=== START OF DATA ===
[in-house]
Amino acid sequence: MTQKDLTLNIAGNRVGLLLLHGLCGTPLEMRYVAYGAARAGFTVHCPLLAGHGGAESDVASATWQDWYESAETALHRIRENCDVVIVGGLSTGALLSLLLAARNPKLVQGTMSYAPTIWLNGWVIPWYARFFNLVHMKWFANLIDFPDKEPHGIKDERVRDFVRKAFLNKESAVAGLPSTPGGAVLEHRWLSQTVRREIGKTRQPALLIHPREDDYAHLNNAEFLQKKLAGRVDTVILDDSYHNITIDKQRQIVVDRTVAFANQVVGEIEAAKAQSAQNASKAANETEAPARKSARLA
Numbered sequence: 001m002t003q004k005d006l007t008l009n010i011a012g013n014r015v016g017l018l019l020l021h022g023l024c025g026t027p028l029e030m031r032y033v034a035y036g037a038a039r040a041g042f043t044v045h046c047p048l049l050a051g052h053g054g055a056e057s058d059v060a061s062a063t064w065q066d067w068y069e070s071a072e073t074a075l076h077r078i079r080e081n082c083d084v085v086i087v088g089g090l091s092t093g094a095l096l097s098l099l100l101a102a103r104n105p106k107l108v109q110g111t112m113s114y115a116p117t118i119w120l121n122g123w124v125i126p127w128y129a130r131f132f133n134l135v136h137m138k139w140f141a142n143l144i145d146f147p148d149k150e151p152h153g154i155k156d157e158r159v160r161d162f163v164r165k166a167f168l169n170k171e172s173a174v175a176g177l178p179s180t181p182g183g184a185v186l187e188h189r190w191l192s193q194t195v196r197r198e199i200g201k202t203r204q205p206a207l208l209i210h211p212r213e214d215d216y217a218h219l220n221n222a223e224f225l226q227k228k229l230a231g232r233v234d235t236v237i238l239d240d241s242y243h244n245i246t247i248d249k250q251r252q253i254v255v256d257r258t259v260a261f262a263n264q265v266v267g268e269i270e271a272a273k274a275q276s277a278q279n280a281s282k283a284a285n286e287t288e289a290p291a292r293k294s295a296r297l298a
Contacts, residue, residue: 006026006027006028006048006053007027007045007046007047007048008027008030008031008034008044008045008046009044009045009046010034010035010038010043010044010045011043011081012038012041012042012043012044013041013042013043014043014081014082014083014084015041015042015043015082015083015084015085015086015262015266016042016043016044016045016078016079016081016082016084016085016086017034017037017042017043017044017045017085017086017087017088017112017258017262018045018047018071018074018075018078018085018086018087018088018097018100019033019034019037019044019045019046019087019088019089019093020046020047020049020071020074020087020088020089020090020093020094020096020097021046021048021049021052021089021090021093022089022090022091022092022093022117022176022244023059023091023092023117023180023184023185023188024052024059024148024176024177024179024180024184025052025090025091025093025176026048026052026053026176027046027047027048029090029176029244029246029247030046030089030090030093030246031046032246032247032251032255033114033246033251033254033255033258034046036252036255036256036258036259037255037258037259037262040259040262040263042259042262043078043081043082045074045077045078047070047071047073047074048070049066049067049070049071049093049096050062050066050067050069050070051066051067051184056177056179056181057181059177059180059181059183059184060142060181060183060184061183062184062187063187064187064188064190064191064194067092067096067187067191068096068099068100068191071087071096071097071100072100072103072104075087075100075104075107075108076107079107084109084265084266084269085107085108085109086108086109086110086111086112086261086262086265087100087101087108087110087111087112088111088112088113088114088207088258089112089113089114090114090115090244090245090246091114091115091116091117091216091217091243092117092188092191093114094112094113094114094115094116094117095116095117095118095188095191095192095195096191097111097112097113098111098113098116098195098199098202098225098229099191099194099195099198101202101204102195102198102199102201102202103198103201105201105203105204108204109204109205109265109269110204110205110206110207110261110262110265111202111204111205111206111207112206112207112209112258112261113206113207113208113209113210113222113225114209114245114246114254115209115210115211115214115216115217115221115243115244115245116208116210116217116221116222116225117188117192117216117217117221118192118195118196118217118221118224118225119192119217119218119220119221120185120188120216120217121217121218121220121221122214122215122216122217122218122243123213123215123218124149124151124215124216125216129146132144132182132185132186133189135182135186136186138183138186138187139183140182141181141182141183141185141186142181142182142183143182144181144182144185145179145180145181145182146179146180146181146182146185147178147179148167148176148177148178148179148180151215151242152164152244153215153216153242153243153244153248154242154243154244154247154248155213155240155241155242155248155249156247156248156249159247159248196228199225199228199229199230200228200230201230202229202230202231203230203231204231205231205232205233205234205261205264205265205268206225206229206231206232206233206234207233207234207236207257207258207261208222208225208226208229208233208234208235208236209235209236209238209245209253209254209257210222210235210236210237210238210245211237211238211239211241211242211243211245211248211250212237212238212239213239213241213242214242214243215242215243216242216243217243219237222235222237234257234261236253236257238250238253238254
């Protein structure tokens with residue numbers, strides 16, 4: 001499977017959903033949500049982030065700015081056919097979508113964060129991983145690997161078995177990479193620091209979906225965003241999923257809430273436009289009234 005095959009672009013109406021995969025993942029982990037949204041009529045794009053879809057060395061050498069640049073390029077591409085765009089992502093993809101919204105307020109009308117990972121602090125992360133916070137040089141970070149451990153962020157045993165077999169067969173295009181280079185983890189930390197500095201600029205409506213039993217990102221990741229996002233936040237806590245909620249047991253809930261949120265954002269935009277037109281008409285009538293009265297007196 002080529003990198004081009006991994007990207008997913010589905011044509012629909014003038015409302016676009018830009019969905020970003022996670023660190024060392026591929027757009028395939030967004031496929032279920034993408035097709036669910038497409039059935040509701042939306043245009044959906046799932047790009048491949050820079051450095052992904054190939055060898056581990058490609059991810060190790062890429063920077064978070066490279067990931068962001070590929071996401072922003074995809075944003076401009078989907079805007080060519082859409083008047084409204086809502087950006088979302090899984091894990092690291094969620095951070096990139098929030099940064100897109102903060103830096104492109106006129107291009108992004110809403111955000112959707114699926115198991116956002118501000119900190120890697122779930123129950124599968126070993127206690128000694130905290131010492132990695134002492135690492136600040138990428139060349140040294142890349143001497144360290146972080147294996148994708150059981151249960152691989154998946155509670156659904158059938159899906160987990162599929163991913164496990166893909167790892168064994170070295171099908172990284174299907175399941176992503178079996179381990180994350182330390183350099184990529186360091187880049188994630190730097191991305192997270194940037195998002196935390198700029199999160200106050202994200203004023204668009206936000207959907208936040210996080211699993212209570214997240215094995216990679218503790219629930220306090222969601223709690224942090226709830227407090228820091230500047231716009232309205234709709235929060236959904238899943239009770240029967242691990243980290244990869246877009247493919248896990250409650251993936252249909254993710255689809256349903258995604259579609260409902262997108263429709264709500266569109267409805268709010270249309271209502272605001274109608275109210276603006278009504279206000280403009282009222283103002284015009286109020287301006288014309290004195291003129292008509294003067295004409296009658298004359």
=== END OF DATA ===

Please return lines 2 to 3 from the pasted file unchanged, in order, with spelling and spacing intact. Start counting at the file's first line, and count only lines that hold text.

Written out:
Amino acid sequence: MTQKDLTLNIAGNRVGLLLLHGLCGTPLEMRYVAYGAARAGFTVHCPLLAGHGGAESDVASATWQDWYESAETALHRIRENCDVVIVGGLSTGALLSLLLAARNPKLVQGTMSYAPTIWLNGWVIPWYARFFNLVHMKWFANLIDFPDKEPHGIKDERVRDFVRKAFLNKESAVAGLPSTPGGAVLEHRWLSQTVRREIGKTRQPALLIHPREDDYAHLNNAEFLQKKLAGRVDTVILDDSYHNITIDKQRQIVVDRTVAFANQVVGEIEAAKAQSAQNASKAANETEAPARKSARLA
Numbered sequence: 001m002t003q004k005d006l007t008l009n010i011a012g013n014r015v016g017l018l019l020l021h022g023l024c025g026t027p028l029e030m031r032y033v034a035y036g037a038a039r040a041g042f043t044v045h046c047p048l049l050a051g052h053g054g055a056e057s058d059v060a061s062a063t064w065q066d067w068y069e070s071a072e073t074a075l076h077r078i079r080e081n082c083d084v085v086i087v088g089g090l091s092t093g094a095l096l097s098l099l100l101a102a103r104n105p106k107l108v109q110g111t112m113s114y115a116p117t118i119w120l121n122g123w124v125i126p127w128y129a130r131f132f133n134l135v136h137m138k139w140f141a142n143l144i145d146f147p148d149k150e151p152h153g154i155k156d157e158r159v160r161d162f163v164r165k166a167f168l169n170k171e172s173a174v175a176g177l178p179s180t181p182g183g184a185v186l187e188h189r190w191l192s193q194t195v196r197r198e199i200g201k202t203r204q205p206a207l208l209i210h211p212r213e214d215d216y217a218h219l220n221n222a223e224f225l226q227k228k229l230a231g232r233v234d235t236v237i238l239d240d241s242y243h244n245i246t247i248d249k250q251r252q253i254v255v256d257r258t259v260a261f262a263n264q265v266v267g268e269i270e271a272a273k274a275q276s277a278q279n280a281s282k283a284a285n286e287t288e289a290p291a292r293k294s295a296r297l298a